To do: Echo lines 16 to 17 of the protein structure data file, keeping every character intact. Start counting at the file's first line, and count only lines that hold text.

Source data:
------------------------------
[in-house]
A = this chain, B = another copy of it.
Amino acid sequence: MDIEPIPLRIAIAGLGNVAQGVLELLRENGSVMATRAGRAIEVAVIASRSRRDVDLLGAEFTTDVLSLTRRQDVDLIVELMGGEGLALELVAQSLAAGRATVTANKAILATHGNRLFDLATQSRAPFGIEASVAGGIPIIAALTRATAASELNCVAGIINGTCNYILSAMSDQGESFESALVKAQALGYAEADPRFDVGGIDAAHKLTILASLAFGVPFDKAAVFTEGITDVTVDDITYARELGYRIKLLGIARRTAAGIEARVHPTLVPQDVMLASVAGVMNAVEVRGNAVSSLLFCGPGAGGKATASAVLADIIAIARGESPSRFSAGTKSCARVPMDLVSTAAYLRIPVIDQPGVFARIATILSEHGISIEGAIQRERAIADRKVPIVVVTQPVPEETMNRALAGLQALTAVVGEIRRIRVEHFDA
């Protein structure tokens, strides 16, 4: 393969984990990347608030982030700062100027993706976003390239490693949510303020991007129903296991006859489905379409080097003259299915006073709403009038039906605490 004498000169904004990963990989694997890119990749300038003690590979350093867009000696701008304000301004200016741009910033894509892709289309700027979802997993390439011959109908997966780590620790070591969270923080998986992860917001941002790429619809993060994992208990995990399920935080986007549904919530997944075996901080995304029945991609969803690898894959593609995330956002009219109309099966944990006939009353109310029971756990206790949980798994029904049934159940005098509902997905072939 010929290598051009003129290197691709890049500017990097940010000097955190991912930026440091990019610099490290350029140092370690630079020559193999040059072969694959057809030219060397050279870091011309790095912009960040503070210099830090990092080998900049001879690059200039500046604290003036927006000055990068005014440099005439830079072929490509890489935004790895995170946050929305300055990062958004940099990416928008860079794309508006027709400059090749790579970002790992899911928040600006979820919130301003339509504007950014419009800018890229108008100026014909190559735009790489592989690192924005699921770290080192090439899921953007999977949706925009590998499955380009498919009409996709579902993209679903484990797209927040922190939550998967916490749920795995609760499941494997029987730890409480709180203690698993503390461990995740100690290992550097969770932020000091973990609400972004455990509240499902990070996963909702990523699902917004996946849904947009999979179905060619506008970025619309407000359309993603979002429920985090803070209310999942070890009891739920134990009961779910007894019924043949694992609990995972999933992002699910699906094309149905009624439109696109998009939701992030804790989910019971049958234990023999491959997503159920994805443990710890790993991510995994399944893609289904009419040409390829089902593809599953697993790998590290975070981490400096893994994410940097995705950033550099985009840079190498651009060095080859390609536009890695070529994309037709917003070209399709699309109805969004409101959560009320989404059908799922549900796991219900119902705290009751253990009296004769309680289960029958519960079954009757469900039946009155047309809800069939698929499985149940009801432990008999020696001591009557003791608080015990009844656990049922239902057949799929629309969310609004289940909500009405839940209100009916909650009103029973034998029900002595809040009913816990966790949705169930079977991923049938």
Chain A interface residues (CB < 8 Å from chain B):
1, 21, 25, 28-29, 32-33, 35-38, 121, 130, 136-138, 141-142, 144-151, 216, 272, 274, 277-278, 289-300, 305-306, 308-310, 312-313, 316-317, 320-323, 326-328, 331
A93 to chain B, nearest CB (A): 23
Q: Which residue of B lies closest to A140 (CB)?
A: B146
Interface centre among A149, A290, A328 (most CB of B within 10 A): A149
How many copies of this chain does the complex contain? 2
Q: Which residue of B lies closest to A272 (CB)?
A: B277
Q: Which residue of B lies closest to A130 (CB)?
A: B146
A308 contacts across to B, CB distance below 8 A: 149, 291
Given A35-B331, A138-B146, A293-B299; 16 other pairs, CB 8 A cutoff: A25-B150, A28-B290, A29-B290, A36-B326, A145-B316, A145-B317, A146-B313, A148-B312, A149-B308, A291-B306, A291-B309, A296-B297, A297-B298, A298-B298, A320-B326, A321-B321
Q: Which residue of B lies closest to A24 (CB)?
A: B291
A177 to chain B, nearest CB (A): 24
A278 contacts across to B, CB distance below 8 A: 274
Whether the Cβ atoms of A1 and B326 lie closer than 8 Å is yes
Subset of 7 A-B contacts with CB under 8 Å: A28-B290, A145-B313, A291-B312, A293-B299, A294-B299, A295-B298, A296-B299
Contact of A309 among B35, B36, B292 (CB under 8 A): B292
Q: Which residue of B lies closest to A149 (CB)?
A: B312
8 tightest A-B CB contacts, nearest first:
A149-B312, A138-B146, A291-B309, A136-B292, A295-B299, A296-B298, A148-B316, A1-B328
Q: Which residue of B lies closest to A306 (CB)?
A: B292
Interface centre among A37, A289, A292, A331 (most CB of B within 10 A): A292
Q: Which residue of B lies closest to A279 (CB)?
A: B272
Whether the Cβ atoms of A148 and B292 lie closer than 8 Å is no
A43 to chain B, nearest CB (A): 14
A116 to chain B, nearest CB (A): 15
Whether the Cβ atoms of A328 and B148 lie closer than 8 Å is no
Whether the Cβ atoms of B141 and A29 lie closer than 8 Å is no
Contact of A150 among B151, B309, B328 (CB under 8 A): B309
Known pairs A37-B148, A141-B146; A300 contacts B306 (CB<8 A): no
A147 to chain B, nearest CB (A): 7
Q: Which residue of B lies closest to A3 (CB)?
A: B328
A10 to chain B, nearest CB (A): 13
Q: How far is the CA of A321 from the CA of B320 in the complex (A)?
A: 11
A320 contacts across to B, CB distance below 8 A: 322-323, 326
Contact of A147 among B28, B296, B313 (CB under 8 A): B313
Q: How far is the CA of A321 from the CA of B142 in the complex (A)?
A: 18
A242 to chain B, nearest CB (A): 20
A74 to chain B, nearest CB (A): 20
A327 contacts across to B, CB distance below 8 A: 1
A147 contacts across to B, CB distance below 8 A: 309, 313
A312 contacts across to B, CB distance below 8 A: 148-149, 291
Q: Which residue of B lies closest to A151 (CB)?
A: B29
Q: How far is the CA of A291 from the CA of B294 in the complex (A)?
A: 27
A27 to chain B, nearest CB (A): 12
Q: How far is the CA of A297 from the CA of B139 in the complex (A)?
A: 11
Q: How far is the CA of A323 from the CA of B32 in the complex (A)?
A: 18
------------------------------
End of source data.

A308 contacts across to B, CB distance below 8 A: 149, 291
Given A35-B331, A138-B146, A293-B299; 16 other pairs, CB 8 A cutoff: A25-B150, A28-B290, A29-B290, A36-B326, A145-B316, A145-B317, A146-B313, A148-B312, A149-B308, A291-B306, A291-B309, A296-B297, A297-B298, A298-B298, A320-B326, A321-B321